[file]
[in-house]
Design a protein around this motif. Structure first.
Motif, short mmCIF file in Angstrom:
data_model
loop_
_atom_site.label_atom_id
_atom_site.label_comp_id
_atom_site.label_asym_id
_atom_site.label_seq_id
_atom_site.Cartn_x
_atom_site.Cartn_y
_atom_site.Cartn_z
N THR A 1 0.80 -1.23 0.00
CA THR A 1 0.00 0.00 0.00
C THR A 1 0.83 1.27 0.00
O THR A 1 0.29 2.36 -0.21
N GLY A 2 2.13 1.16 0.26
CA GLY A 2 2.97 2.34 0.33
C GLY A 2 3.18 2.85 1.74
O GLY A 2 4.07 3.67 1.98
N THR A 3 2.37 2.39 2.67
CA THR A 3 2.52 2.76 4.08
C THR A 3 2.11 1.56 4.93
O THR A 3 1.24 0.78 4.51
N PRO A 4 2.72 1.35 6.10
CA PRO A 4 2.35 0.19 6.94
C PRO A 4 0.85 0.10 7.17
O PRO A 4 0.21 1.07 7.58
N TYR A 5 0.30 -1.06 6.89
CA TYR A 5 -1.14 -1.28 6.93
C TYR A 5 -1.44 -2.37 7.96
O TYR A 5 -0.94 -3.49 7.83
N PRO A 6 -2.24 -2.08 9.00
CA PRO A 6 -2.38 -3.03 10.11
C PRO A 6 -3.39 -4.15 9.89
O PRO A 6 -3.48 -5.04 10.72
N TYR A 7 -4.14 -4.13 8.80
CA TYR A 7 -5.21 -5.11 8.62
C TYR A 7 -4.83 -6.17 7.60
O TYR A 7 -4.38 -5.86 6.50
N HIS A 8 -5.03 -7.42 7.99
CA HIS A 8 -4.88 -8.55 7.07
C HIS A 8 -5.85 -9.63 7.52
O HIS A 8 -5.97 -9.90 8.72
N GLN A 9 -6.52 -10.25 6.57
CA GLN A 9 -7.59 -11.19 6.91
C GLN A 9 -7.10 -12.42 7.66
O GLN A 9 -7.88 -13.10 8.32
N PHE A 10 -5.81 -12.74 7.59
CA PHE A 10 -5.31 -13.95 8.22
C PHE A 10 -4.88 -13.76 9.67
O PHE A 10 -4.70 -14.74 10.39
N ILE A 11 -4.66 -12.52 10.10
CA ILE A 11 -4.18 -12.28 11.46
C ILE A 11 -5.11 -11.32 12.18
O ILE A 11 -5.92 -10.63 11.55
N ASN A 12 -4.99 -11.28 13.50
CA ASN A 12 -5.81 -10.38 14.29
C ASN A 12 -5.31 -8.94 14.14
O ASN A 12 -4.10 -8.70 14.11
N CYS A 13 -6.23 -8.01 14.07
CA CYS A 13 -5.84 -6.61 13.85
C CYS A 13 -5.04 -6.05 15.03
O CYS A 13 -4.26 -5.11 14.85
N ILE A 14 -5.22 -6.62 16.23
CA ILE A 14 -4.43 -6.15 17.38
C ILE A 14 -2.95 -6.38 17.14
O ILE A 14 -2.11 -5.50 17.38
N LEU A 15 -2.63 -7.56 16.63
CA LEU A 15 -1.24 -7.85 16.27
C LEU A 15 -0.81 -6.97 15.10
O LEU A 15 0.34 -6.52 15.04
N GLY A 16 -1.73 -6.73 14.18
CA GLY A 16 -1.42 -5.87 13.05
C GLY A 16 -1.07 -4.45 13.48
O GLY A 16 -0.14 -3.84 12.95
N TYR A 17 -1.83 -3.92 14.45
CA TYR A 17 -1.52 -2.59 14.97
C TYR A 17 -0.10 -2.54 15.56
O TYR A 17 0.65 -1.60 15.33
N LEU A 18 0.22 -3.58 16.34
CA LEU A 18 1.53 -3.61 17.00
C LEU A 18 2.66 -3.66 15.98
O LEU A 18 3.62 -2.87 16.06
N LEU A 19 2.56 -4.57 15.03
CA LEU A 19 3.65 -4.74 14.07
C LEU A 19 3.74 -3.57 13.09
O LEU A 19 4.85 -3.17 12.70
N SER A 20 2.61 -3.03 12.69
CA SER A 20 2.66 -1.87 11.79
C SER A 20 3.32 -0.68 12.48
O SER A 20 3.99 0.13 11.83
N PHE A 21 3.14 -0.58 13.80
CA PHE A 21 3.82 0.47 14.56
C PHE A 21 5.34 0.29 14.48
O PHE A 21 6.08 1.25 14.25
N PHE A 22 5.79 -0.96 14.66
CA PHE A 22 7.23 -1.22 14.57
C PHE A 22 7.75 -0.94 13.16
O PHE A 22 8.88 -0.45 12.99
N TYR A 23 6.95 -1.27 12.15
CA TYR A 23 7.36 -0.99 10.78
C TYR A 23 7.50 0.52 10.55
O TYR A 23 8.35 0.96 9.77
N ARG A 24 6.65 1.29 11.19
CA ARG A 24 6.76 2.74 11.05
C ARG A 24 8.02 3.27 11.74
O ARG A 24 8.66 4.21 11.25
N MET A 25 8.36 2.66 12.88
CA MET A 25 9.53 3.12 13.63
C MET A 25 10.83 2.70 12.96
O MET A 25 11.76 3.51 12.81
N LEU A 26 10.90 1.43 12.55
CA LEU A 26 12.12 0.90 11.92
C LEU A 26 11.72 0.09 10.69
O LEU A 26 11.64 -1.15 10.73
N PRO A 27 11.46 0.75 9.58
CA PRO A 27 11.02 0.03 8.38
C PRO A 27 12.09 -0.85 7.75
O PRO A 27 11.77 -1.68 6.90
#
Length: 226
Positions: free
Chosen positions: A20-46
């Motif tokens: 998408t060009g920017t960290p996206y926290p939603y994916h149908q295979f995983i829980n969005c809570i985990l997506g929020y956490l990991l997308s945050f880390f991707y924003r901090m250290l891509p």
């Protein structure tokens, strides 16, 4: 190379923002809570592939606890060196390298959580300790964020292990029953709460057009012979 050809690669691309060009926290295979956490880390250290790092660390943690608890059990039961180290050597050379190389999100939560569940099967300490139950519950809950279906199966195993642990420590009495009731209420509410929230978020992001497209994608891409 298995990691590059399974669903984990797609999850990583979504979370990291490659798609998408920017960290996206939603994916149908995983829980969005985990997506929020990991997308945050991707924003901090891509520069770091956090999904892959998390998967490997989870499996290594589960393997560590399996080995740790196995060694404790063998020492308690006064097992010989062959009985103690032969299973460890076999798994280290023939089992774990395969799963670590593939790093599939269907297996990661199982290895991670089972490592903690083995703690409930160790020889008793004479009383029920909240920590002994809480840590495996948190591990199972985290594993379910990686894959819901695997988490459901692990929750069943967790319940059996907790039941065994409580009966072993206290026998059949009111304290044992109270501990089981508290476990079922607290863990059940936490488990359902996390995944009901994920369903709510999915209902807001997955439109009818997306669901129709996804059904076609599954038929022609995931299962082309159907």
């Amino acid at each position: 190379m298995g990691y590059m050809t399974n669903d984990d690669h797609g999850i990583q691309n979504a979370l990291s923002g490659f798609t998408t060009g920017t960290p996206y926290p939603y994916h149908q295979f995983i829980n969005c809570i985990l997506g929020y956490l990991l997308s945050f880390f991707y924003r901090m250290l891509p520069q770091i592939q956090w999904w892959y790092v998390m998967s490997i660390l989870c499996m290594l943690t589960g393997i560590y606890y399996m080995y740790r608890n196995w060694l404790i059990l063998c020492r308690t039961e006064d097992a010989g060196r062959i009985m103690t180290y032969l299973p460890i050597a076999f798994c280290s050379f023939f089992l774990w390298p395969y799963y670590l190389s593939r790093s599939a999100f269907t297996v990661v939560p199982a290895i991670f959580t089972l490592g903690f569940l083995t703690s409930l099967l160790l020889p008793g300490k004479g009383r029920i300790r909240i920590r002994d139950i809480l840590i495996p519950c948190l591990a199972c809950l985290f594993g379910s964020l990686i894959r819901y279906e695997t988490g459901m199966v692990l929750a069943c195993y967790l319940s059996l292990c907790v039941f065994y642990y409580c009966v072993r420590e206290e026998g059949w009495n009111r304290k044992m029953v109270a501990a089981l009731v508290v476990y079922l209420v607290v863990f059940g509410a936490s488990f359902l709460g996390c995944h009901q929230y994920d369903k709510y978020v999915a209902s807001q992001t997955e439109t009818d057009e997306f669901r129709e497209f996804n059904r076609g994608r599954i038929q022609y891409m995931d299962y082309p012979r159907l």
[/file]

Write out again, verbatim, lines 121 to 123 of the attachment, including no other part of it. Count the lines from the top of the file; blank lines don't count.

#
Length: 226
Positions: free